By Nick Mitchell
If for no other reason than job security, it is important for natural science majors to ensure that as the years go by there is still nature for us to science on. Water, as I’m sure we are all very aware of during the Texas summer, is essential for keeping the environment vibrant and healthy. The healthier our state is, the more opportunity we all have in the future to benefit from all Texas has to offer. So between sips from the water bottle or the fountain, let’s take a look at the state of water in the state of Texas.
Unfortunately, it doesn’t look too good. Despite being so close to the Gulf of Mexico, an overwhelming percentage of our water comes from underground caves called “aquifers,” which are basically gigantic collections of fresh water. In fact 97% of all of our groundwater and 40% of our total water consumption comes from a series of nine aquifers located partially or completely in Texas. The Ogallala Aquifer, the largest of these, stretches all the way from South Dakota to the panhandle of Texas. As big as these aquifers are, they are still being depleted rapidly by growing cities and agricultural fields across the Central United States.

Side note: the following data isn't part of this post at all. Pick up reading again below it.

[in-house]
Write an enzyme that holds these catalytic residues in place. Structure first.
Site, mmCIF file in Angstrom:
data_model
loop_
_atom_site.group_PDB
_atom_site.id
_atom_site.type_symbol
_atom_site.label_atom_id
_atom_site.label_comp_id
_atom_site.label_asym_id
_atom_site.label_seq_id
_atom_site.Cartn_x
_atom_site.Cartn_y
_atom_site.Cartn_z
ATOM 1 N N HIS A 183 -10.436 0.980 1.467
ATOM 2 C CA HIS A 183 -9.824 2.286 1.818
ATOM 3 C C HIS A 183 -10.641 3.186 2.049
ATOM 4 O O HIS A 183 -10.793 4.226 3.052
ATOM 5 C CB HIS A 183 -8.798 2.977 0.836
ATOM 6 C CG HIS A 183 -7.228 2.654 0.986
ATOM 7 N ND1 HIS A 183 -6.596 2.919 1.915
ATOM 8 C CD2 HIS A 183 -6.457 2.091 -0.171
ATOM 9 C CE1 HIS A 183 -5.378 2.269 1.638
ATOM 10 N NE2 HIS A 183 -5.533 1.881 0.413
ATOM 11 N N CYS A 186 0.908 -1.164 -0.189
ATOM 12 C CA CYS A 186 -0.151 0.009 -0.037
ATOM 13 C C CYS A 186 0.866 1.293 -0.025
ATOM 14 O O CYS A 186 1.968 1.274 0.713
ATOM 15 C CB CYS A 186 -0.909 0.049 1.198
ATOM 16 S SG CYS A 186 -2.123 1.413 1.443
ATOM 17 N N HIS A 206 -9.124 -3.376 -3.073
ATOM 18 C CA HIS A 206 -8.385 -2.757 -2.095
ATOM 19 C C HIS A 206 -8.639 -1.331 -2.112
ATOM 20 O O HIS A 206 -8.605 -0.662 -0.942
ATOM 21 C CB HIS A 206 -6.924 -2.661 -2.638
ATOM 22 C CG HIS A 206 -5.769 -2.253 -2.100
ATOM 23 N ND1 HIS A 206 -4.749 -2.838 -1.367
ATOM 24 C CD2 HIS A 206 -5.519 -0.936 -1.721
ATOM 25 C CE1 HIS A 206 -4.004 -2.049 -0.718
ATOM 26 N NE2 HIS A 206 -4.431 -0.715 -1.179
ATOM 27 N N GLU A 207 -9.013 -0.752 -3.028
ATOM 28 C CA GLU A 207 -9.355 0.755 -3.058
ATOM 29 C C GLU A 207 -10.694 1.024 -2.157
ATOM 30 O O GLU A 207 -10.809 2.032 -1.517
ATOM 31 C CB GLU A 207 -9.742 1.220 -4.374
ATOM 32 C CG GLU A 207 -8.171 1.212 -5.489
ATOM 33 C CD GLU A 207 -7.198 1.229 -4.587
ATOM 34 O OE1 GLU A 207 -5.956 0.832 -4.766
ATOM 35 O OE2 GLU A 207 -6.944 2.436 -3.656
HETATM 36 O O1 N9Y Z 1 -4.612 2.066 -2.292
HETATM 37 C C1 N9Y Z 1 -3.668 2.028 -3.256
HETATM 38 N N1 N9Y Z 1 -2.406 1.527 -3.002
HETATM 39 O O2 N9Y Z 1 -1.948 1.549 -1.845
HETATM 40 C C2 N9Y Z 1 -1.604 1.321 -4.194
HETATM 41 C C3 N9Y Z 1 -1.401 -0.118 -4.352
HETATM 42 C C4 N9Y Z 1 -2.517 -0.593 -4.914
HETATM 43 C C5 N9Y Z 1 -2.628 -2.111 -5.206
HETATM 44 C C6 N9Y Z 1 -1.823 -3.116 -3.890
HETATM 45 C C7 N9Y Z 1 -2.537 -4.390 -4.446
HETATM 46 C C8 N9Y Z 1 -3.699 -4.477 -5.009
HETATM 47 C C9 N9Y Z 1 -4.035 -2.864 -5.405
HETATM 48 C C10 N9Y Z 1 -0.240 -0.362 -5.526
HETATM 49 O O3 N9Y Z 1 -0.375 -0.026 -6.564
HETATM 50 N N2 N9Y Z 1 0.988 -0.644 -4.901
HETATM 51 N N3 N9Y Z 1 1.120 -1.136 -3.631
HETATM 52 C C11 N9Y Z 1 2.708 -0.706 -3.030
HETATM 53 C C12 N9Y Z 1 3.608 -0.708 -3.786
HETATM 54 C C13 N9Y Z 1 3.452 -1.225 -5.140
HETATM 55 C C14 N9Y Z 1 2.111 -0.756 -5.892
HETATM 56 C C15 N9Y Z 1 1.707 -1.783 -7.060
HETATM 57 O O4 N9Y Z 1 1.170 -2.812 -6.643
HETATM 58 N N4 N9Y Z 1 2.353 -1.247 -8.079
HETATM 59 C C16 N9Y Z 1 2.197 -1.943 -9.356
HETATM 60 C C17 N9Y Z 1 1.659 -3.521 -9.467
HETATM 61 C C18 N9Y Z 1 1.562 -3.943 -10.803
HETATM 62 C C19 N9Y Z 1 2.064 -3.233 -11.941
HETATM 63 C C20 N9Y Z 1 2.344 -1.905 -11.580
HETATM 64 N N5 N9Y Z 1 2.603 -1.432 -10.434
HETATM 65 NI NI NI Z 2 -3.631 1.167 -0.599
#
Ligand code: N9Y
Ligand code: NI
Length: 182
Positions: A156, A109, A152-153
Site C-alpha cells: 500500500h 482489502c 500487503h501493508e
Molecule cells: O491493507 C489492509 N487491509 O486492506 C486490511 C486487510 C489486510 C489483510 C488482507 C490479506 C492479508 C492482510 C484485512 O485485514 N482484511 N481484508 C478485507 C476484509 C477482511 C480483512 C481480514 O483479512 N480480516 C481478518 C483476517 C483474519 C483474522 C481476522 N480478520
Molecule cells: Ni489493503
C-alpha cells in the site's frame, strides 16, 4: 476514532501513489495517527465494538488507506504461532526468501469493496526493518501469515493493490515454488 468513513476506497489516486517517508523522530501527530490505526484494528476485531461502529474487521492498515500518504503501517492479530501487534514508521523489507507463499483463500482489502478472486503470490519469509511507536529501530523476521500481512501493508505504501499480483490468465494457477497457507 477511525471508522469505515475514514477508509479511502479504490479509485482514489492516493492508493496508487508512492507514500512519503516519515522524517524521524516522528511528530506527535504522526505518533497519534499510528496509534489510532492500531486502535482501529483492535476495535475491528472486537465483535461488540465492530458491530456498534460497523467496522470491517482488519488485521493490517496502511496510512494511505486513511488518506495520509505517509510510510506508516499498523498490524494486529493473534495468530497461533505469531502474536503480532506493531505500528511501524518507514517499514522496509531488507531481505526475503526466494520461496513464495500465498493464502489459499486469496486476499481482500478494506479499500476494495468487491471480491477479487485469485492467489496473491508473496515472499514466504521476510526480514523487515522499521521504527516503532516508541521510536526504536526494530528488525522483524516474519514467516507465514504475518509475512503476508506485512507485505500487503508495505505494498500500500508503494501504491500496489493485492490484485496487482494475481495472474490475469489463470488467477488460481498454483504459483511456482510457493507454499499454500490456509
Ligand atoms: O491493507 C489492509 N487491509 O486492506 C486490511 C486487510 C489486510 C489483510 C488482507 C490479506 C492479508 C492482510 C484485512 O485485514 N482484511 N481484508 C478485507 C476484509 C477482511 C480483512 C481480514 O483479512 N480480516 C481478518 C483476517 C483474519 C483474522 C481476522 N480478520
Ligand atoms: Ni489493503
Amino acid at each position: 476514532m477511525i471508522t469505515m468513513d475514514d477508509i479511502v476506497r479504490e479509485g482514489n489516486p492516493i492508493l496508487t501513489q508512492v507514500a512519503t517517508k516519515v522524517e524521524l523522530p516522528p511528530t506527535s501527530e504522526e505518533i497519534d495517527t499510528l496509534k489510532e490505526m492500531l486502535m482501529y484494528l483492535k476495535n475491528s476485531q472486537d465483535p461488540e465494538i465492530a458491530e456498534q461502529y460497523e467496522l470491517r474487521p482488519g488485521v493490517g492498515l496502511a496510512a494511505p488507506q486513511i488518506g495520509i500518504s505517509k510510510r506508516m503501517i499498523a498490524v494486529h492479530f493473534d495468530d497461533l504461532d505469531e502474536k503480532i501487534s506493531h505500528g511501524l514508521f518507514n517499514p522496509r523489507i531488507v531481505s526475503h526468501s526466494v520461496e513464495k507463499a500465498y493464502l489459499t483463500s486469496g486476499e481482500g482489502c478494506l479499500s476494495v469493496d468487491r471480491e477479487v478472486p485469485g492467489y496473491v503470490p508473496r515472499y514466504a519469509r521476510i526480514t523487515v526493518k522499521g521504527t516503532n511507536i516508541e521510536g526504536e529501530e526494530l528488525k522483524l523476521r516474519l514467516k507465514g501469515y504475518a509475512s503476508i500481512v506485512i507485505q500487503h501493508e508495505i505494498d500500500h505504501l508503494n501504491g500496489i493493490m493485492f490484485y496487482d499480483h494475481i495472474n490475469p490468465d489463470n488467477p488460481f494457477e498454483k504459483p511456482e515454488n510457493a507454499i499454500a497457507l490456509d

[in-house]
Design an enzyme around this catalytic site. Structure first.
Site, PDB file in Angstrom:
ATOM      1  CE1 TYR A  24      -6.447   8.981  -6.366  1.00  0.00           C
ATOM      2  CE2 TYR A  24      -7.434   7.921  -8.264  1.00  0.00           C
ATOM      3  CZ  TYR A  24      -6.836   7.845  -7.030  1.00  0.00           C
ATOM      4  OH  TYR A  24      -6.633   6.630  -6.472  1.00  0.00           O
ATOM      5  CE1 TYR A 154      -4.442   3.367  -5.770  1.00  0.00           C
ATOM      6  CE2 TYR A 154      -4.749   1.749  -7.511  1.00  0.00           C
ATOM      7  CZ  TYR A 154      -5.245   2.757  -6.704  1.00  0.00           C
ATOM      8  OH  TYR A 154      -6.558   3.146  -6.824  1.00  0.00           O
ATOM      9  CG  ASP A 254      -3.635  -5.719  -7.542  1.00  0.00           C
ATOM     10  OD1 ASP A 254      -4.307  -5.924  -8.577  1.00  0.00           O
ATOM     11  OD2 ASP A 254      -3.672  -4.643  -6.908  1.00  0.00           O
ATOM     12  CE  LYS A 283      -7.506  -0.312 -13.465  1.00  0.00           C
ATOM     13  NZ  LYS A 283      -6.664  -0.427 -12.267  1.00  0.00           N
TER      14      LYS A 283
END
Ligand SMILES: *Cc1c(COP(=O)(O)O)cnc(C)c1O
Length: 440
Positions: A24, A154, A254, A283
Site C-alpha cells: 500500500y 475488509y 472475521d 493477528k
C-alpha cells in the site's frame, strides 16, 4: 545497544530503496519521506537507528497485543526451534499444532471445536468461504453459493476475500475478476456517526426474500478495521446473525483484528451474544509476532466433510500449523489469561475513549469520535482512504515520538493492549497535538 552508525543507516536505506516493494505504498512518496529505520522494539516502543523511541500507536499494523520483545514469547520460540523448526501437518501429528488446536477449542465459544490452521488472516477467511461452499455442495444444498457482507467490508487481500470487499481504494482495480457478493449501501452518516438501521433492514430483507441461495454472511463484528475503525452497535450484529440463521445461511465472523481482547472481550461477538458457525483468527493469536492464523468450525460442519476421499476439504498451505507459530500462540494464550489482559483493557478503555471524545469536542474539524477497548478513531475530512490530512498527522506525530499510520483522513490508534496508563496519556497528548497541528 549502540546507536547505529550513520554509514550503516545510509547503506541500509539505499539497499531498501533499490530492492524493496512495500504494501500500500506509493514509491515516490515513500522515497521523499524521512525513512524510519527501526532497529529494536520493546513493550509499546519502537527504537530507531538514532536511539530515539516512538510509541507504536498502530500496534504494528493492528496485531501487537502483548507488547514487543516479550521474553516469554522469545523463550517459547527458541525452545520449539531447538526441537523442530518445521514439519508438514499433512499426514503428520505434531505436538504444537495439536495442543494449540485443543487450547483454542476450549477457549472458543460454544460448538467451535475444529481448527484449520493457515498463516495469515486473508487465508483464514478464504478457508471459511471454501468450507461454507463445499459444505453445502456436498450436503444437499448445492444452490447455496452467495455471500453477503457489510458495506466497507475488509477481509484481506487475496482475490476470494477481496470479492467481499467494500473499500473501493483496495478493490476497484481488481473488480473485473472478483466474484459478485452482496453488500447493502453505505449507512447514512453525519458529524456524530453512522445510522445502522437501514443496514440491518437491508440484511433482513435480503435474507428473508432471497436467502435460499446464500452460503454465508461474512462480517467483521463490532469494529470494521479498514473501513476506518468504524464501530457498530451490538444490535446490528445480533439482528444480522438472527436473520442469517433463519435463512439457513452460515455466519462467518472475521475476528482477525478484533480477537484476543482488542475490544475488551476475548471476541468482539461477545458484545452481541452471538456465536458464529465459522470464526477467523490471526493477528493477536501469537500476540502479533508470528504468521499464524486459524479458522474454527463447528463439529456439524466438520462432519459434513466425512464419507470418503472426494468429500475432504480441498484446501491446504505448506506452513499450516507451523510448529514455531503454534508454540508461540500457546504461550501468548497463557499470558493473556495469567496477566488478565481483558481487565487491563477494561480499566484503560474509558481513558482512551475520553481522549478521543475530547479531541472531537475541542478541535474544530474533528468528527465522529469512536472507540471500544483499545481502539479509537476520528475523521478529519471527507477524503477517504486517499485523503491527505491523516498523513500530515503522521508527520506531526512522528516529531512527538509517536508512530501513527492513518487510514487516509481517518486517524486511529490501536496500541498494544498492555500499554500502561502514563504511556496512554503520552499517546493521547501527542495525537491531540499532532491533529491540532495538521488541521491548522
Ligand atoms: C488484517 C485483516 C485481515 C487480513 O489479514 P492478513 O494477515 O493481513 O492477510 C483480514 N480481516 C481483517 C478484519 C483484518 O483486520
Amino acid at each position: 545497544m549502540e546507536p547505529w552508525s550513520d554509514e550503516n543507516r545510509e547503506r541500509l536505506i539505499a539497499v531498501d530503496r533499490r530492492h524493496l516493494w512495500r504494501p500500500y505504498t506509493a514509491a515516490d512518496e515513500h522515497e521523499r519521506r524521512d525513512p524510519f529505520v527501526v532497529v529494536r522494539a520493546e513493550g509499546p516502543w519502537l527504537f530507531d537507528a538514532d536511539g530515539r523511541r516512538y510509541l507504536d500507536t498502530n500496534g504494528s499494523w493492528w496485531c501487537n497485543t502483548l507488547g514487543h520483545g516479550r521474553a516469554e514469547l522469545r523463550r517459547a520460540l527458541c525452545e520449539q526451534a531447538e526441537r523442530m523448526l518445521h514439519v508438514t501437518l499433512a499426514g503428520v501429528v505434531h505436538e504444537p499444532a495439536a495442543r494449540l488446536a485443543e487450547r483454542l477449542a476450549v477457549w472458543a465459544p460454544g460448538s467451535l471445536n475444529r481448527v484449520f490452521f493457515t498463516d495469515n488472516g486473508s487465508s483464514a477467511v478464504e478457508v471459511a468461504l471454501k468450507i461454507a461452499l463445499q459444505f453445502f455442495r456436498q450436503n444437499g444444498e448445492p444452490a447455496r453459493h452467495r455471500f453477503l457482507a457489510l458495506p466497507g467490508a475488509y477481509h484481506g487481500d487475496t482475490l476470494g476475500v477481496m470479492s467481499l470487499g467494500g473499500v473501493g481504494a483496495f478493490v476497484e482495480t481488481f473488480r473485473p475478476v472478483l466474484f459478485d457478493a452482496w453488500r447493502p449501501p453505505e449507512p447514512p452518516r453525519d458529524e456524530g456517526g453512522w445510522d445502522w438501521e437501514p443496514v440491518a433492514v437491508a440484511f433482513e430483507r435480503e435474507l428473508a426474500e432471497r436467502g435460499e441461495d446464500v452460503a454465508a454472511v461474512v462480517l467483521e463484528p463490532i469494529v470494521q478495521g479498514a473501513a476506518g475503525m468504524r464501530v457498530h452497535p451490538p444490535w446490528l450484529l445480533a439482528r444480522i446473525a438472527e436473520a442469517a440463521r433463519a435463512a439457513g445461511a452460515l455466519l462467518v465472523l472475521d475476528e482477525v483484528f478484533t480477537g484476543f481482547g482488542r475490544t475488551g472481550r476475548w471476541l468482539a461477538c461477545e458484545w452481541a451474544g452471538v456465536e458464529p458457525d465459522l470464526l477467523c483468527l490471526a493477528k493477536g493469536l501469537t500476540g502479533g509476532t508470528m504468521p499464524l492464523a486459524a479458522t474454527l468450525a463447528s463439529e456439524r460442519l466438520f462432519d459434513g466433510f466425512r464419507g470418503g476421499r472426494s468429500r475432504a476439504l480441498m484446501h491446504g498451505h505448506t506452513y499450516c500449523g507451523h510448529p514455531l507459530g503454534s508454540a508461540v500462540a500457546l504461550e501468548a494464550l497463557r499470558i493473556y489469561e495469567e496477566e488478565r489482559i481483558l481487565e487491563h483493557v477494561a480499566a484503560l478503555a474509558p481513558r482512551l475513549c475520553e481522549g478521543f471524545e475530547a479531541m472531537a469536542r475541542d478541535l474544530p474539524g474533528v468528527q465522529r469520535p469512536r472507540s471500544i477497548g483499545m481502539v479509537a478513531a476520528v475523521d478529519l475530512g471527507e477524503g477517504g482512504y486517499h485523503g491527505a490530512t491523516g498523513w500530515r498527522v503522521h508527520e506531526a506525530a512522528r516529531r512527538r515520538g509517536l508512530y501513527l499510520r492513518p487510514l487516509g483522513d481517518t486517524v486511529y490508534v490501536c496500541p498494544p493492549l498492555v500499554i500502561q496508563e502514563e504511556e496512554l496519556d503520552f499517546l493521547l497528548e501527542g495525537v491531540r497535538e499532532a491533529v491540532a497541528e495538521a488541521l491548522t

Texas specifically is guzzling water at an alarming rate, up to six times the rate of recharge in certain areas. An article written by a representative of the United States Geological Survey published in the Texas Tribune estimates a staggering 52% drop in water volume by the year 2060. This rate of depletion will only accelerate as the climate becomes hotter and rain becomes more and more scarce. In fact we have already seen the water level drop up to 150 feet in places around major Texas cities such as San Antonio and Houston.
All is not lost, but we have to take immediate and drastic action to ensure that the standard of living that both Texans and our environment enjoy can be passed down through the generations. One bright spot is the passage of new regulations by the High Plains Underground Water Conservation District to restrict the pumping of water past the “allowable production rate.” This alone will not solve all our problems though. Texas is a growing state with a growing economy, and we will need to find ways to expand our cities and feed our populations with greater levels of water efficiency. This is where we come in.
As students in the College of Natural Sciences, we are the trailblazers for the inventions and developments that we will need tomorrow. The solutions at our fingertips are numerous and stretch across all our disciplines. Biologists and bioengineers can develop new drought-resistant plants. Chemists can explore new ways of cleaning and desalinating water to expand our reserves. Geographers and Geologists can help us understand the ground we build on, and how to use Texas’s resources to the utmost advantage. We all have a role to play in solving Texas’s most trying problems and averting crisis. The dangers of doing nothing are too high to think about, but the rewards for trying are potentially infinite.